Marucci also shared the data with the NCAA, which in 2016 banned two-a-day practices at programs across the country.

“Our data was very compelling,” Marucci said. “The games were not the issue. It was the (effect of) repetitive hits of training camp that was being missed.”

On-campus collaboration between athletic trainers and researchers in the university’s kinesiology department began about five years ago.

That’s when kinesiology’s Johannsen sat down with Marucci and longtime trainer Shelly Mullenix to talk about how they could help each other. Turns out, they could help each other plenty.

At the time, the trainers were seeing high rates of cramping among football and soccer players. They wondered how to correct it. Johannsen and his team put patches on the athletes’ skin to monitor how much sweat—and sodium—athletes were losing during sweltering afternoon practices to determine if that might contribute to the problem.

The data revealed the culprit: extremely high rates of sodium loss. The so-called sweat study prompted a series of changes. Food in the cafeteria got saltier. Trainers bumped up sodium intake in other ways; one tennis player was instructed to consume salty canned soup.

The study has had other lasting impacts, including the 2019 installation of drink machines that dispense beverages with more or less sodium depending on athletes’ nutritional needs.

Bringing in Pennington was the next step after the sweat study. Its sport-science assets include 3D body-composition scanners, the metabolic chambers, functional MRI equipment and the expertise of researchers in metabolism and other pertinent areas.

The joint research is applied research, with ideas for studies emerging from the real-world concerns of coaches and trainers. Findings from most of the studies are published, but the turn-around time for putting findings into practice is compressed. That’s because while basic science advances slowly, LSU trainers and coaches look for mid-season adjustments to better protect individual players from injury or illness or improve competitive performance right away.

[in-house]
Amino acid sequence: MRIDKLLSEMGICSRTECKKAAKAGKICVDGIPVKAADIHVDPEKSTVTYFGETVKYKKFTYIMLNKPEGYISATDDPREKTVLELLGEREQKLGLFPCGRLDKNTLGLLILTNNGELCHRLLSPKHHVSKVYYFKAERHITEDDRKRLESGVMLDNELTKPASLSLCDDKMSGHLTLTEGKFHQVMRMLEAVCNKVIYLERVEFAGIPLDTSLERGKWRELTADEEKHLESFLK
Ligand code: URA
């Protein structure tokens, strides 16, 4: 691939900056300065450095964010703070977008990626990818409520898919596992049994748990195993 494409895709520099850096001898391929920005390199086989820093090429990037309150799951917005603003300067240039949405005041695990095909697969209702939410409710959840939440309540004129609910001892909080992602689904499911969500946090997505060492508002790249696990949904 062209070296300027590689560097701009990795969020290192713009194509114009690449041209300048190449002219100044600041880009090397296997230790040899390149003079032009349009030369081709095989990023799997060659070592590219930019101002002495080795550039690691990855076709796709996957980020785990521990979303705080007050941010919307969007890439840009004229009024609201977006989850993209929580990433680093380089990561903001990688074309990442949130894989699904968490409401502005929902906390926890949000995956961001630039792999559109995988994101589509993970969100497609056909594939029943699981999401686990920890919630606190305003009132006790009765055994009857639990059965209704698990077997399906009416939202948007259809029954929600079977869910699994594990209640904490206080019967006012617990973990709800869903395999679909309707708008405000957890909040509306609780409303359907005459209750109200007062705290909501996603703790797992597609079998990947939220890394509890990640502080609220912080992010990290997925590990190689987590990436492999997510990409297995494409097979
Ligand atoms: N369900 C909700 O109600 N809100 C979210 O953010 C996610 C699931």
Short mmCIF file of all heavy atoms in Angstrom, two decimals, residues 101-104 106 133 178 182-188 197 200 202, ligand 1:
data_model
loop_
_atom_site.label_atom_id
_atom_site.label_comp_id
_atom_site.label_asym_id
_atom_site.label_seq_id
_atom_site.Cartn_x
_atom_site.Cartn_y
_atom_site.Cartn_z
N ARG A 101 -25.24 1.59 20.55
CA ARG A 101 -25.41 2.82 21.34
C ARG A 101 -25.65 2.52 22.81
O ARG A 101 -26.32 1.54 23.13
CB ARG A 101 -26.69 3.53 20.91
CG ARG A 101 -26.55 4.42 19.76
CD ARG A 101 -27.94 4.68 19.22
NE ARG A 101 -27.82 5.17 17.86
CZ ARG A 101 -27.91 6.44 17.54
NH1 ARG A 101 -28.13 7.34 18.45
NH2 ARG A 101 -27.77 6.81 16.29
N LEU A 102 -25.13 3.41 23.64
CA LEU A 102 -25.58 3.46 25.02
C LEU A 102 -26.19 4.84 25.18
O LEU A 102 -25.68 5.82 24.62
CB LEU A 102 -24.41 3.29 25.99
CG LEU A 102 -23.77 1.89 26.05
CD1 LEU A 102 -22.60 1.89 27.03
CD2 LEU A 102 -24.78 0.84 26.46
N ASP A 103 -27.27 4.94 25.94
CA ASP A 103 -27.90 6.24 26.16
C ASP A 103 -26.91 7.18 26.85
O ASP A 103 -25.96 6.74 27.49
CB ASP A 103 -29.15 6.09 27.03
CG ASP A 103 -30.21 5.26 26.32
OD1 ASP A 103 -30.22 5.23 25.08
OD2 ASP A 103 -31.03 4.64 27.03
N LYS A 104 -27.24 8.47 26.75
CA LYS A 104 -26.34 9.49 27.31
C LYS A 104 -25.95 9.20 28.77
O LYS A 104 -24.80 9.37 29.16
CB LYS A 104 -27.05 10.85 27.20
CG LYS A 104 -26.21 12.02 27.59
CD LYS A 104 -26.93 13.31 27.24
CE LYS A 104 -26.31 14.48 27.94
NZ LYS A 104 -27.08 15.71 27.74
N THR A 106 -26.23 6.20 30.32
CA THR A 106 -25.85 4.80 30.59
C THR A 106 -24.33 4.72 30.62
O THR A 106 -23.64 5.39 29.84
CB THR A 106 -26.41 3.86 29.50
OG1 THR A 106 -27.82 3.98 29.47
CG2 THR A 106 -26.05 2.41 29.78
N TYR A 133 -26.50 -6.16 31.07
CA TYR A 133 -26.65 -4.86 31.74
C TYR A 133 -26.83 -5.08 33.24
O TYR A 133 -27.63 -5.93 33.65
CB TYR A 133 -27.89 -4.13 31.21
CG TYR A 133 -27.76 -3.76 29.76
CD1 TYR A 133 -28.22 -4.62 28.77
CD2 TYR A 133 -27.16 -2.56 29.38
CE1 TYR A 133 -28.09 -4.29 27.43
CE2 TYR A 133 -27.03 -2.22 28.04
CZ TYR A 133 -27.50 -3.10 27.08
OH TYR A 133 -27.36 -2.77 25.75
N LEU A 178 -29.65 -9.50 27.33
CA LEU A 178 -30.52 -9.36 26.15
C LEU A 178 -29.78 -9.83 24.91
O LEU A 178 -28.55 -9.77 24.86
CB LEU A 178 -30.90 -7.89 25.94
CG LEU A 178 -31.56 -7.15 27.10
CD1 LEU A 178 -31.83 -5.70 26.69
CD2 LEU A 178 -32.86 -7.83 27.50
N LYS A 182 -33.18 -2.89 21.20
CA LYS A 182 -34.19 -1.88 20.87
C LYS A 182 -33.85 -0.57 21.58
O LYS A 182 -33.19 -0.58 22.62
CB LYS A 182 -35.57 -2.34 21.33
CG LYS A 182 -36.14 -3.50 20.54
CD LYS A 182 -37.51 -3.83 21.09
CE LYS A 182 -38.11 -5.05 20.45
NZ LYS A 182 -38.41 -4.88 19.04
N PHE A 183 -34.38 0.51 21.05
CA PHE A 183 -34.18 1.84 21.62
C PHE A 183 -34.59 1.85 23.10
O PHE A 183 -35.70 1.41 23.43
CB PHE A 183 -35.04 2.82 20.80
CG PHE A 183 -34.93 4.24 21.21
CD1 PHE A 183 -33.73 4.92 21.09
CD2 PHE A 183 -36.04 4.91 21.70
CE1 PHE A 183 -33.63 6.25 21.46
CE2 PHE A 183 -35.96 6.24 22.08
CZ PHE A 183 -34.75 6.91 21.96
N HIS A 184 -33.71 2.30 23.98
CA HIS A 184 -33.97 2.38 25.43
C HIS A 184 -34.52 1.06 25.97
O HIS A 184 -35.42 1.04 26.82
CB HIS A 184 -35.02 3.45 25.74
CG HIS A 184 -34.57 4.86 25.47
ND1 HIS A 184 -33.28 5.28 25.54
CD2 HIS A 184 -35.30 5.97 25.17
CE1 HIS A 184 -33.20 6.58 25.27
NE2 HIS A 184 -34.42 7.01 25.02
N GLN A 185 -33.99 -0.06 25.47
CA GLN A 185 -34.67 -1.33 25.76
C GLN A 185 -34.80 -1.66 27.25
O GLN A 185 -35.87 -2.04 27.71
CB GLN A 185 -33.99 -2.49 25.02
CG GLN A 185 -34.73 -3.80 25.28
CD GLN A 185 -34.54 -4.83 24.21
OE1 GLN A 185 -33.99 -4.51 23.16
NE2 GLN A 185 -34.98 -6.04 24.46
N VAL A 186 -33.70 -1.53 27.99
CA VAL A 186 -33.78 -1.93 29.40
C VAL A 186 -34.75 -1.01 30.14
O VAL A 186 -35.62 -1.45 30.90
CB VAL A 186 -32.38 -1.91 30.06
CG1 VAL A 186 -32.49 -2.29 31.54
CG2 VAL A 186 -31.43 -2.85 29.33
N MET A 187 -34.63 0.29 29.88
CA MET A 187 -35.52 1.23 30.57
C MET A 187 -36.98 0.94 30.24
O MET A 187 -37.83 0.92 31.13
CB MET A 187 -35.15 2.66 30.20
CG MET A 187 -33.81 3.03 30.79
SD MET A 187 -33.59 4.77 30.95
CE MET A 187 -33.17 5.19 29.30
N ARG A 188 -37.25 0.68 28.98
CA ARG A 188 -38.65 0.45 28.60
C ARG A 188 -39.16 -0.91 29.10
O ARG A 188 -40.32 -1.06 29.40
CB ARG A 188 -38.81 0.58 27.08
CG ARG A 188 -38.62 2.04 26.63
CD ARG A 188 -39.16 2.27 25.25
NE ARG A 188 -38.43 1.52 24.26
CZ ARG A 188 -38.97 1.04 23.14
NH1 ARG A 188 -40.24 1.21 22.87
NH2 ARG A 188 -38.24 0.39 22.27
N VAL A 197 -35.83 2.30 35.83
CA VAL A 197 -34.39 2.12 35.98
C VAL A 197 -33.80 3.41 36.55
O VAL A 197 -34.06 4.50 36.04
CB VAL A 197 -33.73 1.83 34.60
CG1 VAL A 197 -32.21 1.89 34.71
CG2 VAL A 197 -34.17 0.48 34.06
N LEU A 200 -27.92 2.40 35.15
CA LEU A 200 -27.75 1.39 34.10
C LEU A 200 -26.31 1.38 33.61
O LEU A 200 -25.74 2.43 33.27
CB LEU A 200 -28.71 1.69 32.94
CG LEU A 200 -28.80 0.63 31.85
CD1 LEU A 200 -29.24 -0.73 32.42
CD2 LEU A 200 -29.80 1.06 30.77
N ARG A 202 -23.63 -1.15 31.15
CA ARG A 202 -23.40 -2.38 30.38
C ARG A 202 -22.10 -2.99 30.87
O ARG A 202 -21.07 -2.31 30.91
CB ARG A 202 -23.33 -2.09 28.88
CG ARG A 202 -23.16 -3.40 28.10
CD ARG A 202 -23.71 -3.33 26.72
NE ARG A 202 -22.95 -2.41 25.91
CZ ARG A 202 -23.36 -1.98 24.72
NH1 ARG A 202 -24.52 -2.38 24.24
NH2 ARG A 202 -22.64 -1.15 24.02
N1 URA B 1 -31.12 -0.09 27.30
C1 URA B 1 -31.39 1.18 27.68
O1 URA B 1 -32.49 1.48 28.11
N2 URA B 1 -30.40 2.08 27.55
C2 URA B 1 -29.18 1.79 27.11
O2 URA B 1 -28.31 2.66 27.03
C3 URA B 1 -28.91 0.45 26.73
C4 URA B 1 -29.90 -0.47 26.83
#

“You need to be able to see long-term benefits of the work, but I also need immediate feedback on how to keep these guys and girls healthy,” said Mullenix. “We need to balance those two worlds—research and publishing but also immediate adjustments to help athletes.”

Mullenix heads a broad new initiative on long-term athlete well-being that includes mental health in her new position as senior associate athletic director of health and wellness.

Marucci views the holistic initiative and ongoing research as an opportunity for LSU to differentiate itself from other programs, one that may even aid recruiting.

“There are many guarantees in life and one of them is that you’re not going to play football forever,” Marucci said. “So we need to develop players to be on track to have a career and life after football.”

There are potential advantages for non-athletes in the mix. Pennington post-doctoral researcher Timothy Allerton is conducting a study into the effect of watermelon juice in boosting blood-vessel dilation, for instance. The findings could provide new insight into ways to control blood pressure.

To date, study participants in the kinesiology labs on the LSU campus have been normal, healthy people—regular people, not athletes. But Allerton is planning a second phase of research that will consider whether watermelon juice might help athletes rehydrate after profuse sweating. The findings could suggest watermelon be added to sports-recovery drinks in the future, something that has not yet happened.

The next phase of research will involve LSU athletes. “We will look for ways to improve their health and performance with watermelon juice,” Allerton said. “It’s an important question.”